I'm a first year student for a math degree. I'm very curious on how good students overcome their bad teachers in the journey of learning and grasping the courses material fully, all in the pressure of the semester.

Assuming many of you went through this roud - how did you overcome this obstacle, while still getting good grades and good understanding of the course material?

What do you think is the importance of good guidance?

I personally feel very discouraged by this fact; Maybe bad teachers are a good thing in the sense that it will filter only the best students who are truly gifted? Maybe only the brightest students should succeed in their journey at understanding the mystery of math at the academic level?

  • $\begingroup$ Today at least there are tons of resources as an alternative, assuming you are self-motivated. If a teacher is not good, it really brings down the confidence of a student (Personally from what I noticed in my Son's case). $\endgroup$ – Kirthi Raman May 6 '12 at 18:34
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    $\begingroup$ Is your question specifically about mathematics? Or are you asking sort of in general? For the latter this is off topic and should be asked at academia.stackexchange.com instead. For the former, please edit to clarify. $\endgroup$ – Willie Wong May 7 '12 at 7:45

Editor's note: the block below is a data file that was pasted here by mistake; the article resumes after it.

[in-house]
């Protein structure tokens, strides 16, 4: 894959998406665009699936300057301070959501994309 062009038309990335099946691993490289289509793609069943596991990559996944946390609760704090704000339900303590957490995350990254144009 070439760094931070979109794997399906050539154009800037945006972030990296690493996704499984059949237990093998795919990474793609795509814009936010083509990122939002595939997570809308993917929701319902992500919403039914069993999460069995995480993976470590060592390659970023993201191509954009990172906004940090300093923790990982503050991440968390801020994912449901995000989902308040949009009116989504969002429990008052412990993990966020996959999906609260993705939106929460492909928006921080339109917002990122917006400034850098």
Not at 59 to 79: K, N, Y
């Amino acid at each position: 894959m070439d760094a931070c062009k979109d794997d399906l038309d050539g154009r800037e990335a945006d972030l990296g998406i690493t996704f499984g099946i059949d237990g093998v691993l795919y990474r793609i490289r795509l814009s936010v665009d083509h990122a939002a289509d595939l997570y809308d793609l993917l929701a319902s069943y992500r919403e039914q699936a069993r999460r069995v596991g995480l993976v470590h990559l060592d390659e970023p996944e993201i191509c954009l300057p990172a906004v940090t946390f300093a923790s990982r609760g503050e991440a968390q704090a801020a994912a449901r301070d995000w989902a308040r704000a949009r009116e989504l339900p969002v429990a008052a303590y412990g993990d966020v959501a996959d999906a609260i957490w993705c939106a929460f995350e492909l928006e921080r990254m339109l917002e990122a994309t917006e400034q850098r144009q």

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    $\begingroup$ Converting to Wiki as this is basically asking for a bunch of anecdotes. $\endgroup$ – Willie Wong May 7 '12 at 7:46
  • $\begingroup$ @WillieWong my question was specifically about mathematics. $\endgroup$ – Anonymous May 7 '12 at 12:17

I am graduating in December and have had my rough patches throughout my undergraduate years. When you have a bad teacher, it is more important than ever that you take it upon yourself to go get outside help, go to office hours, organize a study group, anything else you can think of.

Something I've discovered is that most professors who are terrible in the classroom are really good in their office hours, just make sure you go in with specific questions, going in blank won't help you and will annoy your professor. Do most of your homework, have an idea of what you don't understand and ask your professor to clarify.

Many schools offer some sort of free tutoring somewhere on campus, see if you can find it and go there for help.

Finally, get into a study group with your classmates, meet to work together on your homework and study for tests.

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    $\begingroup$ Speaking as a retired teacher, I strongly endorse the advice in the second paragraph: do take advantage of your instructors' office hours, and do have specific questions, even if some of them are simply I don't even see how to start Problem X. $\endgroup$ – Brian M. Scott May 6 '12 at 18:46